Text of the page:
10 Steps to a Successful Business Retention and Expansion Program
From The Buxton Co
By Lisa LaMere, Professional in Residence
Although new business recruitment is a priority of many economic development strategies, business retention and expansion should be an integral economic development policy to ascertain the health of existing businesses in a community.
The Bureau of Labor Statistics reports that businesses which are already located in a community account for most of all net change in local employment. In fact, for the 2019 calendar year, 73% of existing establishments were net job generators. Therefore, a community’s approach to economic development must include a strong business retention and expansion (BRE) program.
The Importance of Business Retention and Expansion Initiatives
Over time, BRE programs build stronger ties with businesses and goodwill among public and private entities in the community. Successful BRE programs can encourage businesses to continue to invest and grow in that community. These programs also can inspire local businesses to promote the community to their business colleagues, vendors, and other associates as an ideal location in which to operate.
Because a community’s existing businesses are major contributors to the local tax base, it is crucial that a BRE program apply all local economic development programs and assistance to help existing establishments remain profitable, competitive, and efficient.
Most importantly, developing and nurturing the relationships forged during a BRE program may act as an early‑warning system for companies considering retrenching, closing, or relocating. Additionally, a strong BRE program can help prevent the poaching of your city’s businesses by other communities.
The 10 Elements of a Successful BRE Program
A comprehensive BRE program should provide economic development staff the means to connect with the long‑standing businesses in their community. Consider the following best practices for creating or improving a BRE program for both retail and industrial companies. Of course, during these unprecedented times of COVID‑19, a BRE program may have to pivot to virtual options, such as Zoom meetings, until the pandemic recovery becomes a certainty.
Begin with the framework of your program. Will Economic Development staff operate alone? If partners are desired to fully leverage available resources and relationships, the goals of many BRE programs align well with County Workforce Development departments or Small Business Development Centers.
Establish the program lead and responsibilities. Who prioritizes the target businesses? Look at major employers whose loss to the community would be greatest. Consider who takes on the program’s administrative roles, including database management and marketing of the program.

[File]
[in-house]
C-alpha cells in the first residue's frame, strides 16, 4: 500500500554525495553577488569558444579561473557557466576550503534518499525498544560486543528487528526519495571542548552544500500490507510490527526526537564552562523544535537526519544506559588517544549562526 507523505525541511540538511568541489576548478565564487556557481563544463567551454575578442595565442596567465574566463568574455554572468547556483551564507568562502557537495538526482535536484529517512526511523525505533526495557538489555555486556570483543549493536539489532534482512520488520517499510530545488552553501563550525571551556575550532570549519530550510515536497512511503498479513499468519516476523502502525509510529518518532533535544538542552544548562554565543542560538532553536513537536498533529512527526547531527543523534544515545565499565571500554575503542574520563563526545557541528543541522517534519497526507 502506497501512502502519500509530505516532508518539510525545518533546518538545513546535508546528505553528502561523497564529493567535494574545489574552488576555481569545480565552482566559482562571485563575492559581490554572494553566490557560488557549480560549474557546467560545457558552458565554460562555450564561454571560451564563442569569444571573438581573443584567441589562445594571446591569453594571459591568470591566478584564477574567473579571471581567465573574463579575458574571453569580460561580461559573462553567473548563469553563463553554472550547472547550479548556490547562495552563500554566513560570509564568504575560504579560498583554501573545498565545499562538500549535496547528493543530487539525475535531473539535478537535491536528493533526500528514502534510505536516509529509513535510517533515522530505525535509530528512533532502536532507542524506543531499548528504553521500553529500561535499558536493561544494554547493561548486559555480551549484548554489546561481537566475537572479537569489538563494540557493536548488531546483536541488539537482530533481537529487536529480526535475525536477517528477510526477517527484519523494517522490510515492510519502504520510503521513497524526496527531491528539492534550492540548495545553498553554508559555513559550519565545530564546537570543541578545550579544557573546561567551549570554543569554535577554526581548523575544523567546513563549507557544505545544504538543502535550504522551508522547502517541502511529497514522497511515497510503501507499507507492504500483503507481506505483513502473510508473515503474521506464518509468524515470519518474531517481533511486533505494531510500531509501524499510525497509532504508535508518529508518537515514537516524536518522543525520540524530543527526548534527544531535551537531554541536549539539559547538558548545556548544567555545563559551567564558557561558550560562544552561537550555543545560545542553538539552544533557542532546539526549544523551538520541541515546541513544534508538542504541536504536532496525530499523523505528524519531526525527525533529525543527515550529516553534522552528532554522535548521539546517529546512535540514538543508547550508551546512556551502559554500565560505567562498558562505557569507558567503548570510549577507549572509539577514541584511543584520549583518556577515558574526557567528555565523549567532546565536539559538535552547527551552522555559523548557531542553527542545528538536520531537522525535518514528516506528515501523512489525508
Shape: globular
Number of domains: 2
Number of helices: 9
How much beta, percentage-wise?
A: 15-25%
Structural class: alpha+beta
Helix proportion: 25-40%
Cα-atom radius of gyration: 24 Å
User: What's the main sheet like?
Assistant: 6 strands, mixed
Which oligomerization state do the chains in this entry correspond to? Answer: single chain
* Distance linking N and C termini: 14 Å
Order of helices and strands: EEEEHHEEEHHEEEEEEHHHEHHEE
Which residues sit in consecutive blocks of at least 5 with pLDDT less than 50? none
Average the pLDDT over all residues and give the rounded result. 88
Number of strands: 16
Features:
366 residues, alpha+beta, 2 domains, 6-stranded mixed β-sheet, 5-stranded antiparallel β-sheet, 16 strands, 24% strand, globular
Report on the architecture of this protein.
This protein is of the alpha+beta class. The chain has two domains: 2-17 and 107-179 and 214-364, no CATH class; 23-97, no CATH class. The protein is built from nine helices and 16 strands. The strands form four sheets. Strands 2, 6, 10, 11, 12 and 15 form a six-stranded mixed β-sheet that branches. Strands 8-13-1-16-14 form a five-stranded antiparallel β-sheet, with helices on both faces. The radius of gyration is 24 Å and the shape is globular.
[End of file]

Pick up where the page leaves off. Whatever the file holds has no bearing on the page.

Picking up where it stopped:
Detail a process to speak with your businesses. Keep in mind that phone interviews are less personal, but necessary during the pandemic. One of the most important facets of a BRE program is the business visit where an in‑person conversation can take place. Cold‑calling or appointment‑based visits both have advantages.
Decide on the program frequency. Conducting weekly visits rather than monthly work best if you have the bandwidth.
Determine whether to administer the questionnaire electronically, by mail, or in person. Keep surveys short, perhaps 20 questions, with quantifiable responses for data collection. Limit open‑ended questions.
Conducting the survey armed with a clipboard and paperwork can make small business owners reluctant to answer. In that case, conduct the survey conversationally, completing the survey form from memory immediately after leaving the place of business.
Develop your program’s objectives and metrics. Ensure they are actionable and achievable. Set benchmarks. Perhaps you will survey 250 businesses a year, retaining three retailers and one manufacturing plant. Or maybe identify a certain number of companies that qualify for specific business incentives and assistance programs.
Use CRM software or design a custom database from your survey instrument to document your outreach and tally the ongoing program results.
BRE follow-up is critical for program success. Tabulate and analyze the survey data. Address concerns and any red flag issues and follow through on any requests for information to influence the retention of business.
Compile testimonials and successes for program publicity. Finally, report outcomes to Council, BRE partners, and residents.
A BRE Program is an Ongoing Strategy
While the goal of any BRE program is to develop and foster long‑term positive and productive relationships, it is worth noting there is no one‑size‑fits‑all procedure of conducting a BRE program. Each community should be guided, in part, by the human and fiscal resources available to them.
A BRE program is an ongoing, relationship‑building strategy, not a one‑time event, a marketing strategy, or simply a visit from the mayor. It should never be a solicitation for chamber membership, sponsorships, or sales of any kind. A retention and expansion program should focus solely on a community’s businesses and the efforts needed to ensure they remain and grow in your community.
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